• Photographs and oral histories (selections available online)
  • Campus history collections and institutional records documenting experiences of women students and faculty
  • Records of local and regional women’s organizations
  • Personal papers documenting the lives and achievements of women from Whatcom County and the Pacific Northwest.

Interested to learn more? Thinking about a research project relating to women’s history? We invite you to explore our digital collections and online research guide, and to visit and contact Heritage Resources with any questions. A sample of images and other "women's history" documents from Center for Pacific Northwest Studies collections is presently on display near the Reference Desk in Western Libraries (Haggard Wing 2). 

Poster for event protesting Cruise missiles at the Boeing Plant, circa 1985

Poster advertising a protest at the Boeing Cruise Missile Plant in Kent, WA. circa 1985. From the Gay and Lesbian Miscellaneous Manuscript Collection, Center for Pacific Northwest Studies.

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Atlas designed to illustrate Burritt's Geography of the Heavens

Author: 
Mattison, Hiram
Publication Information: 
Philadelphia : Sheldon, 1856
Location: 
Special Collections -- Rare Book Collection -- Extra Oversize
Call Number: 
G1000 .M3 1856
February, 2012

Orion the hunterThe constellation Orion which is in the night sky in February, a detail from an engraving that is a map of the heavens.  The entire map is 17" high and 14" wide, one of 10 pages that have become brown and fragile with age (158 years old). 

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Forum on LSD [sound recording]

Author: 
Presenters: Leary, Timothy; Cohen, Sidney; Brewster, Laurence W.
Publication Information: 
Bellingham, Wash.: WWSC, 1967
Location: 
Special Collections Campus History Collection -- Audio
Call Number: 
BF209.L9F69 1967
January, 2012

Timothy Leary Forty five years ago, on Feb. 4, 1967, famed LSD advocate Timothy Leary (1920-1996) came to town for a "Forum on LSD," sponsored by the Social Issues Committee of the student body of Western Washington State College.

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"Viva la California!" - Gold Rush Letters Online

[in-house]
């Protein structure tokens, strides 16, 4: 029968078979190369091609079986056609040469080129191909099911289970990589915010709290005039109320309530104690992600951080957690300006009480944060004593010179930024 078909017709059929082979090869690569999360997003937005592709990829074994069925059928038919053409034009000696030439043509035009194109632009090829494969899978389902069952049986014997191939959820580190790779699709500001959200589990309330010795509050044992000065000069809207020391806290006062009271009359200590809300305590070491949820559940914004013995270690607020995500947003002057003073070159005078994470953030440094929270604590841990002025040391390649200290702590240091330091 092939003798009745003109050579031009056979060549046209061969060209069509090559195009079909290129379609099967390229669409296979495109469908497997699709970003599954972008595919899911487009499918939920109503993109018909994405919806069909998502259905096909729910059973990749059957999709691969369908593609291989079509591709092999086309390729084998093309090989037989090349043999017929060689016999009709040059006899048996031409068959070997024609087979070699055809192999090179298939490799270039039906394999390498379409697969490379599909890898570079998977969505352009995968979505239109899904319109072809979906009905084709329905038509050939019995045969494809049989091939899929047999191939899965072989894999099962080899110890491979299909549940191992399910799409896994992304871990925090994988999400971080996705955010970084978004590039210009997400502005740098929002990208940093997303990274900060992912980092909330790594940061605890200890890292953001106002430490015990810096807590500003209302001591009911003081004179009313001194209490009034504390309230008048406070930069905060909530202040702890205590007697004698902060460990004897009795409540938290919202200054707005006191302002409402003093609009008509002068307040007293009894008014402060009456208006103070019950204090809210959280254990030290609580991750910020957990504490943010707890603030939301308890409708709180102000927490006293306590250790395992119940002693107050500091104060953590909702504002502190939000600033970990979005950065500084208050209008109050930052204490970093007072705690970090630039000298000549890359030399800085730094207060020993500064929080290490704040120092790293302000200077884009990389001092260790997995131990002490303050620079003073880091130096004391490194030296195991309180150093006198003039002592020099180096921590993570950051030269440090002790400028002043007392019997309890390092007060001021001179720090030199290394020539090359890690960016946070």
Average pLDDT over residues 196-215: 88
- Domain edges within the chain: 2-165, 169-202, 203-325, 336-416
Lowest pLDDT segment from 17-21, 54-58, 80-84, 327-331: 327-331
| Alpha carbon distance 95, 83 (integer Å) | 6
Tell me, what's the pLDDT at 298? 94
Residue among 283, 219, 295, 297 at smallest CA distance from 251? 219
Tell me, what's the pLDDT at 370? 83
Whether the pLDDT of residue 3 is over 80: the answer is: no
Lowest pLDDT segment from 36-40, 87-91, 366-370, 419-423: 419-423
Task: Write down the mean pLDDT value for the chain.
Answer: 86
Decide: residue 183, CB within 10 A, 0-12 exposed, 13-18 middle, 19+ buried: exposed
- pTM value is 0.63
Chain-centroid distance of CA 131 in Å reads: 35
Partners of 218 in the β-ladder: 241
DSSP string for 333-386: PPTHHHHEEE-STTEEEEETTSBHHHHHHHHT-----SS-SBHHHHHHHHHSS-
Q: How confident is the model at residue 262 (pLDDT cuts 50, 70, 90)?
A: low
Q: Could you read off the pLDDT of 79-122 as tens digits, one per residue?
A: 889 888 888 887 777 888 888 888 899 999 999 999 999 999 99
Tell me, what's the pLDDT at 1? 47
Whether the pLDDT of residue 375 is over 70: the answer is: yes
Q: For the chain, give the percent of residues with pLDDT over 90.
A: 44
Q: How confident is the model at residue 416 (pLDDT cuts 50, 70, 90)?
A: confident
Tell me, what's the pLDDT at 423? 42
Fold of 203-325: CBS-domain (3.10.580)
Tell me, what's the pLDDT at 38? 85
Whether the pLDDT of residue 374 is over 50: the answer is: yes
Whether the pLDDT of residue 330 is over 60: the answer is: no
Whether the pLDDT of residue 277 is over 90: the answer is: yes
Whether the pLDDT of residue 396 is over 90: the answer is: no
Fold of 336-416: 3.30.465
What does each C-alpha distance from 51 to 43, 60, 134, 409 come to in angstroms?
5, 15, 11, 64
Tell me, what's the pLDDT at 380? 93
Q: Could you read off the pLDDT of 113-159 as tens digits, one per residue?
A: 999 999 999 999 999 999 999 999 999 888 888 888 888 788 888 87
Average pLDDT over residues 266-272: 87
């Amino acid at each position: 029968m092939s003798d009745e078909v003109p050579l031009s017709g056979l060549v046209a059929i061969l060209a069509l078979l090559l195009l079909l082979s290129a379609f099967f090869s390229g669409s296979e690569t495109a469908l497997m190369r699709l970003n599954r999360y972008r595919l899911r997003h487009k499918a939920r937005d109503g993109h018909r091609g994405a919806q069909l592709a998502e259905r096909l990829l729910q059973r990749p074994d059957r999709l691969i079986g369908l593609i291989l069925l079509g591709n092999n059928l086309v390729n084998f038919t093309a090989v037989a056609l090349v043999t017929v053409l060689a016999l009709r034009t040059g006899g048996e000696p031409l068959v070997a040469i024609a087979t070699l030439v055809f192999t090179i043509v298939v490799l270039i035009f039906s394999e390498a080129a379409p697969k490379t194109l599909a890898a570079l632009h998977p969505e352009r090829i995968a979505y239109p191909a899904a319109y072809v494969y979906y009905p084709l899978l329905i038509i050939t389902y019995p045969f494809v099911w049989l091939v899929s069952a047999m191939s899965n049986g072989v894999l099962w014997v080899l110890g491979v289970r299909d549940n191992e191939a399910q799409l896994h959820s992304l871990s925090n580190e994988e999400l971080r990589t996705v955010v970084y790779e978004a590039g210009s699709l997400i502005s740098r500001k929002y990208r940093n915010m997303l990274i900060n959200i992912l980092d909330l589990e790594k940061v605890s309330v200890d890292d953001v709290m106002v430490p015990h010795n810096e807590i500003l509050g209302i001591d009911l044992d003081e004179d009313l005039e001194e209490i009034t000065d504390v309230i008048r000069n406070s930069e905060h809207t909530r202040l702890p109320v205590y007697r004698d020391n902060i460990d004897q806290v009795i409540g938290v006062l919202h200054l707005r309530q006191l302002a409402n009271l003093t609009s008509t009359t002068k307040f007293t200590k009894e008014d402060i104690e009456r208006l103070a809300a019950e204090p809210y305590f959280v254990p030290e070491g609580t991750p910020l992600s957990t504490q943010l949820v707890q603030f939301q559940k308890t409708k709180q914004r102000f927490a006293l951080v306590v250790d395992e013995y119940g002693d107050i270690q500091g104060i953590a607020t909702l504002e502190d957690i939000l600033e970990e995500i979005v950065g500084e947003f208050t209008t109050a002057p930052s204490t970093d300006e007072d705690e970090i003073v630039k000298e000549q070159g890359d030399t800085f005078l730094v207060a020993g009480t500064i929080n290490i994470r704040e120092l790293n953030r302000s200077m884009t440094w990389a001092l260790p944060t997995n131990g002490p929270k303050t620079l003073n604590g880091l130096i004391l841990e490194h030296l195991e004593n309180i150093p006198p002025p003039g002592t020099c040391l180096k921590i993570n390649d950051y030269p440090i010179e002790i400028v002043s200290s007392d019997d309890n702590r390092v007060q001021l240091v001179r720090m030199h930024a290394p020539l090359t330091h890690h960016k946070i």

Digital content from the papers of M. L. (Marc La Riviere) Stangroom is now available online as part of Western Libraries’ Digital Collections. Born in England in 1832, Stangroom travelled to America as a young man, where he engaged in railroad surveying work and mining speculation in California and the Sierra Nevadas. In 1888, at the request of railroad magnate Pierre Cornwall, Stangroom moved to Bellingham, Washington to assist in building the Bellingham Bay and British Columbia railway.

The new online collection includes digital copies and transcripts of correspondence from Stangroom to family members about his travels and experiences from 1855 through 1873. These handwritten letters provide extensive and fascinating detail of his early life and career, and vivid descriptions of western landscapes including California redwood forests and the Sierra Nevada mountain range. Stangroom documents gold prospecting efforts, life in the mining town of Michigan Bluff (Placer County, California), and interactions between white settlers and the Native American population. A June 1858 letter describes how Californians are driven “stark raving mad” by the lure of gold in British Columbia, with hundreds of men leaving daily for the Fraser River. Stangroom’s letters also reveal aspects of his personal and family life, including his courtship and marriage.

Section of letter with illustration.

Illustrated portion of a December 2, 1855 letter by M.L. Stangroom.

The online collection includes full-text, searchable transcripts of all letters, a 16 page reminiscence by Stangroom about his life (also transcribed), and a fifteen-page report about the construction of the Bellingham Bay & British Columbia Railroad. Completed in 1891, the BB&BC Railroad provided a rail connection from Bellingham to Sumas and the transcontinental Canadian Pacific Railway.

The original and larger collection of Stangroom papers is archived and available at WWU’s Center for Pacific Northwest (CPNWS). A complete guide to the collection is available online.

Additional CPNWS holdings on the Bellingham Bay & British Columbia Railroad include corporate records of the Bellingham Bay Improvement Company. Related images are available in the Bruce Cheever Railroad Photograph Collection and through the online CPNWS Photo Database.

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A Christmas Carol in Prose: Being a Ghost-Story of Christmas

Author: 
Dickens, Charles, 1812-1870.
Publication Information: 
Boston: James R. Osgood and Company, 1876, c1868.
Location: 
Special Collections Rare Book Collection
Call Number: 
PR4572.C68 1876
December, 2011

"Tis the season of many holidays and celebrations: Christmas, Hanukkah, Kwanzaa, New Year's and probably more. My own tradition includes an annual reading of A Christmas Carol, by Charles Dickens.